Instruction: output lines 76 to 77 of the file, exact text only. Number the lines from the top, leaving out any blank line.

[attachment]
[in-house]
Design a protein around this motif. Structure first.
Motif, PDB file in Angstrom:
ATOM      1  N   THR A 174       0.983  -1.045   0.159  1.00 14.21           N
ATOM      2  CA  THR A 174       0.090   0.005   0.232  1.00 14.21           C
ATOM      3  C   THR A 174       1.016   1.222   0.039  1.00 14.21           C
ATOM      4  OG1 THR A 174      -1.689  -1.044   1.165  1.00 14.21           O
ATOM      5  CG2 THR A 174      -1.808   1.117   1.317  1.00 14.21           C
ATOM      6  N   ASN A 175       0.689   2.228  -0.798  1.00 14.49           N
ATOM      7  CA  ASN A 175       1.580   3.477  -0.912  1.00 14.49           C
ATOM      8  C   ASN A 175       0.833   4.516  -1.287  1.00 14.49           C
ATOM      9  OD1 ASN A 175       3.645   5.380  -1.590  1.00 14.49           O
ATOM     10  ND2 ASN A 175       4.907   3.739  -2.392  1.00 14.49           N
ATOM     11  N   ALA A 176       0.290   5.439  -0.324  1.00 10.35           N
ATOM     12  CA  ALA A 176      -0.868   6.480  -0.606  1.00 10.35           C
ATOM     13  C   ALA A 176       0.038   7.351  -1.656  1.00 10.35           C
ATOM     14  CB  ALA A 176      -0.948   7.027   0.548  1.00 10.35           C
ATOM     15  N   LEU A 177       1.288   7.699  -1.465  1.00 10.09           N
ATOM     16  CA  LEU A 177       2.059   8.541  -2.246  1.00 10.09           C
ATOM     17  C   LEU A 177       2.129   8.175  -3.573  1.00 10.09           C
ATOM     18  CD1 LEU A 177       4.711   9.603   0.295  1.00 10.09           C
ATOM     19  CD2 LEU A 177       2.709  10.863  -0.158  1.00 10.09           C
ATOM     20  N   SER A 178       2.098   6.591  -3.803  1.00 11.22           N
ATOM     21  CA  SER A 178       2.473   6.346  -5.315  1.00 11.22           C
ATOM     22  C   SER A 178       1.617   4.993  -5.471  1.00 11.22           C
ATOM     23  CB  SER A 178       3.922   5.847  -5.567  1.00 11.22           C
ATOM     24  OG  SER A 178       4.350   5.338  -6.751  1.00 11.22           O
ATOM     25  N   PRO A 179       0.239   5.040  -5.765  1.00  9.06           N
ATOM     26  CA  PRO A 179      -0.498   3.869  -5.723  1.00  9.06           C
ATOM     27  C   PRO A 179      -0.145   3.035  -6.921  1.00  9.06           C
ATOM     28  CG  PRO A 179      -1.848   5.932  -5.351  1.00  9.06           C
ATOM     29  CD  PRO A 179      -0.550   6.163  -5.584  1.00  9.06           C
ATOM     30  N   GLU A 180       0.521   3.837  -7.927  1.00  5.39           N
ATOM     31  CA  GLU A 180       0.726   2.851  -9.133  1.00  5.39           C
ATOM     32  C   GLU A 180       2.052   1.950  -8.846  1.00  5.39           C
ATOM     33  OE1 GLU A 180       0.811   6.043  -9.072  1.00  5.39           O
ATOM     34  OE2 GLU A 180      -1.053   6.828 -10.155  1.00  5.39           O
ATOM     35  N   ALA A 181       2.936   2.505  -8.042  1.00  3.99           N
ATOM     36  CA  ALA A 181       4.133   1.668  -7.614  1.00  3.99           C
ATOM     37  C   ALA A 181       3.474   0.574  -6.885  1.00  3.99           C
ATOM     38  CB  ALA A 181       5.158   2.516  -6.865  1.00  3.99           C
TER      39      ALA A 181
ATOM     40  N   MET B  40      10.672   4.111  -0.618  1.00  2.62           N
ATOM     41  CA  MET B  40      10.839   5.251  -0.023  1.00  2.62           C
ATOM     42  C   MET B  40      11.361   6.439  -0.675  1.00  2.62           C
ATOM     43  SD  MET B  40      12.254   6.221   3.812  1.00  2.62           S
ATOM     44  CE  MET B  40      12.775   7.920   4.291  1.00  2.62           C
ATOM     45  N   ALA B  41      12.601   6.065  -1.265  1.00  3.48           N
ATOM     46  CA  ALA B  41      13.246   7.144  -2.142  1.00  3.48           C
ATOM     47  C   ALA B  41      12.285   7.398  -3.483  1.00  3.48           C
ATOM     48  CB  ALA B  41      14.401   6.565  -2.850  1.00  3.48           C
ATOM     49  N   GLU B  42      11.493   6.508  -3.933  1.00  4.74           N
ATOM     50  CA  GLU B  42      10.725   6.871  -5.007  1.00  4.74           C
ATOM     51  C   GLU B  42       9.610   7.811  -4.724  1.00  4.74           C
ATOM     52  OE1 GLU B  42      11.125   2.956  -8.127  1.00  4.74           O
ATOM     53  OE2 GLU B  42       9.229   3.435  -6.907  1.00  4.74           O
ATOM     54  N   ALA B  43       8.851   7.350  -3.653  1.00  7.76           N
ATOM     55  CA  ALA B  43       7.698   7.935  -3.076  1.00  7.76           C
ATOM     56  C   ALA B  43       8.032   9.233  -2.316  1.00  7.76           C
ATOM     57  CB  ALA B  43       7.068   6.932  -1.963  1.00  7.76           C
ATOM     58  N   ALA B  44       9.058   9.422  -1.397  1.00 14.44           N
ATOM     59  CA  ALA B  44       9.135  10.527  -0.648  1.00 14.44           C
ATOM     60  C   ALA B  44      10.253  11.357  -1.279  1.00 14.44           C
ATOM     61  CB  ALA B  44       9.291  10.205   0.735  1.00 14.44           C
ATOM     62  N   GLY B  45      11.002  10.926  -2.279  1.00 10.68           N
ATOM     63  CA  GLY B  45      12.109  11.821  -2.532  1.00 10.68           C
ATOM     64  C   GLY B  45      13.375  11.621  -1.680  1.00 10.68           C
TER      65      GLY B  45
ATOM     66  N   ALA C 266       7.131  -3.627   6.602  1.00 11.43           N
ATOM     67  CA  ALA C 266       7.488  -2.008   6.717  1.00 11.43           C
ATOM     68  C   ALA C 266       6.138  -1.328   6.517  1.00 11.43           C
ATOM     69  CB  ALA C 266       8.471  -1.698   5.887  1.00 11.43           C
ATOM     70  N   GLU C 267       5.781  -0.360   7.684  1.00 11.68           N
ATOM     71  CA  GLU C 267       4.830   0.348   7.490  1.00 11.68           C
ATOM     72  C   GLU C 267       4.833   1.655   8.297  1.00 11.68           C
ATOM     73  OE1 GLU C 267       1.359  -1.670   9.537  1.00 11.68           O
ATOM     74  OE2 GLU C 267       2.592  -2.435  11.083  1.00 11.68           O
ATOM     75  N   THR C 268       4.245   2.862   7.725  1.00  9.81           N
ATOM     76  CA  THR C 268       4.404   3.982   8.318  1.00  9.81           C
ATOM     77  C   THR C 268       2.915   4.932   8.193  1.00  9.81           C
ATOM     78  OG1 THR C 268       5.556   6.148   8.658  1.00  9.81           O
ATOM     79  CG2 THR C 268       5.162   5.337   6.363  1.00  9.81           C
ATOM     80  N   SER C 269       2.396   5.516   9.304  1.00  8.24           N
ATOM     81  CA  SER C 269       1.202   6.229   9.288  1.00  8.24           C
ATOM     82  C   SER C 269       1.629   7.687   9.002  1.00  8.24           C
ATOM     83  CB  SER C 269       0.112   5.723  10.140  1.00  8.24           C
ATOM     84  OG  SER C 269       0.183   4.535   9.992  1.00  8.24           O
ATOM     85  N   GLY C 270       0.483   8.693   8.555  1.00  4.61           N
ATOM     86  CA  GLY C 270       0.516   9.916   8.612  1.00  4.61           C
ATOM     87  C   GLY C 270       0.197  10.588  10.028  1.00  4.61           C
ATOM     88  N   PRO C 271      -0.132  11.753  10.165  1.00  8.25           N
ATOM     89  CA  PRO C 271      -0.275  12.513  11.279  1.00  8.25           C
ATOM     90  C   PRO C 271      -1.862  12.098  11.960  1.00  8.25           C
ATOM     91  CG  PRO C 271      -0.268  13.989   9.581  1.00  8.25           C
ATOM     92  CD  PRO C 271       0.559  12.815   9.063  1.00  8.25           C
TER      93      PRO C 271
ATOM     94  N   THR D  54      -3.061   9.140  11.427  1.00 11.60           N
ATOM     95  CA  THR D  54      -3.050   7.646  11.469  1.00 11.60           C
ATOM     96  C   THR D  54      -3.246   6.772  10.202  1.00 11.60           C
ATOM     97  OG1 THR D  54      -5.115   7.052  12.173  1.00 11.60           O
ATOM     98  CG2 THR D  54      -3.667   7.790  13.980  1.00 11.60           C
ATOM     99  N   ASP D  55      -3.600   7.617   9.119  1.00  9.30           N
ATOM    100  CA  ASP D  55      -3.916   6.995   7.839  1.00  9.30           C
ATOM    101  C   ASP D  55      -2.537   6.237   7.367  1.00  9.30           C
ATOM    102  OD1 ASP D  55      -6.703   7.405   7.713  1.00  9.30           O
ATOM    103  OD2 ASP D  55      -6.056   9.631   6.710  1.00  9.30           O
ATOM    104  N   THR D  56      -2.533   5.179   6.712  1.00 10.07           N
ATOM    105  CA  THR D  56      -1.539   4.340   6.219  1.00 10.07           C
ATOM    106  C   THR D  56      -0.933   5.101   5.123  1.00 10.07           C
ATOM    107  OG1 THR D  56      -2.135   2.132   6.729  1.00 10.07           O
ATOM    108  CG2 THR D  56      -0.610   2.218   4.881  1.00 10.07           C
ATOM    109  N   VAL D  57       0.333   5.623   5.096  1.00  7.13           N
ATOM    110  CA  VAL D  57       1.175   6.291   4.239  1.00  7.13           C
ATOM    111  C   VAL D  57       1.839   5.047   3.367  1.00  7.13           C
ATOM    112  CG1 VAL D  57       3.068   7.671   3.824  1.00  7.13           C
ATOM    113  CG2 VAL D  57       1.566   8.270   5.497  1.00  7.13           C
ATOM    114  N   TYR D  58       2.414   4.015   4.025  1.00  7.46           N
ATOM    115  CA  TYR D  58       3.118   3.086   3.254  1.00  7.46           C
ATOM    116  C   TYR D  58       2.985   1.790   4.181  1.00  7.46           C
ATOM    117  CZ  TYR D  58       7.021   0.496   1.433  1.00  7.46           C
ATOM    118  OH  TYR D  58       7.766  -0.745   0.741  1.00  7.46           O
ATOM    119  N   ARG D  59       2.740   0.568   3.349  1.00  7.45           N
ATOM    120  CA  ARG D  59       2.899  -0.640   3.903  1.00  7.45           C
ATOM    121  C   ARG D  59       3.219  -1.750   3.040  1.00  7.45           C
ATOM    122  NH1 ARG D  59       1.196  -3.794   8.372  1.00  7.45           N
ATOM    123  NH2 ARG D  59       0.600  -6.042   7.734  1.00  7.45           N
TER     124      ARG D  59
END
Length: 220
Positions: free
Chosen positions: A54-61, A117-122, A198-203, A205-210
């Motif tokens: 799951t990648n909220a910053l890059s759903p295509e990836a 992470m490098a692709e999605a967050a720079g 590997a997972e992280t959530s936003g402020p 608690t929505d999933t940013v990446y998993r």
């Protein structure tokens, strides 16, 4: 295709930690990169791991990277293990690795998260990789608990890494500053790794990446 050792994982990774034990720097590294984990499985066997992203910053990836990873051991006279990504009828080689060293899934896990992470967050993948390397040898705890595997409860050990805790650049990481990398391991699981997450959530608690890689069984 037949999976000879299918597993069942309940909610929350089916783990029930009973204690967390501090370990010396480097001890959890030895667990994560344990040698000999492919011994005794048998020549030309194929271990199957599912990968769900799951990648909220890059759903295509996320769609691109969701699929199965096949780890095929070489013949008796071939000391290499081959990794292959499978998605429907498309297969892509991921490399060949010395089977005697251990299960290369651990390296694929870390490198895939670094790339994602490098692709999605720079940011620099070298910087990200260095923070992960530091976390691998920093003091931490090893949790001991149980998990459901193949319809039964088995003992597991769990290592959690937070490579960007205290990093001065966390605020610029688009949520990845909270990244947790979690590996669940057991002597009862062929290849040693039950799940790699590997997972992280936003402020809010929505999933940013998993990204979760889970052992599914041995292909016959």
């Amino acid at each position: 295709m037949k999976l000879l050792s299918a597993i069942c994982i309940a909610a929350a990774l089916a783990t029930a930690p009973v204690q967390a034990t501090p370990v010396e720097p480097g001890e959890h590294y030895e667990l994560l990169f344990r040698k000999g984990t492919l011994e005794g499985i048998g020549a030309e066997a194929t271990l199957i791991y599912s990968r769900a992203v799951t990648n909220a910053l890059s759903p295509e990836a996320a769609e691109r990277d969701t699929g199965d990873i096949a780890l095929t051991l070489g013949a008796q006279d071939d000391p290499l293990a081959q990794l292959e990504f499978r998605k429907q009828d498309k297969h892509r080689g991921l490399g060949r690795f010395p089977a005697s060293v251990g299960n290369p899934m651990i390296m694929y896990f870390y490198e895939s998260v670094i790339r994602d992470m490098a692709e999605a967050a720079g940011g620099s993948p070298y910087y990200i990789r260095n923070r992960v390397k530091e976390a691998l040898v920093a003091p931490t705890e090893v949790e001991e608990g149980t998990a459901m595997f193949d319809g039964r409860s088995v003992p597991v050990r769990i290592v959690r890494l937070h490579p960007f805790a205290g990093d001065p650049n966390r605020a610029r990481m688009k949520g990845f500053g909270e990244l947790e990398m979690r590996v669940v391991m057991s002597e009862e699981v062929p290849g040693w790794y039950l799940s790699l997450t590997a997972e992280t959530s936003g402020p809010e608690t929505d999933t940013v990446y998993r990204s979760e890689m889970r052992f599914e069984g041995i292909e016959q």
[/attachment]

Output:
ATOM     73  OE1 GLU C 267       1.359  -1.670   9.537  1.00 11.68           O
ATOM     74  OE2 GLU C 267       2.592  -2.435  11.083  1.00 11.68           O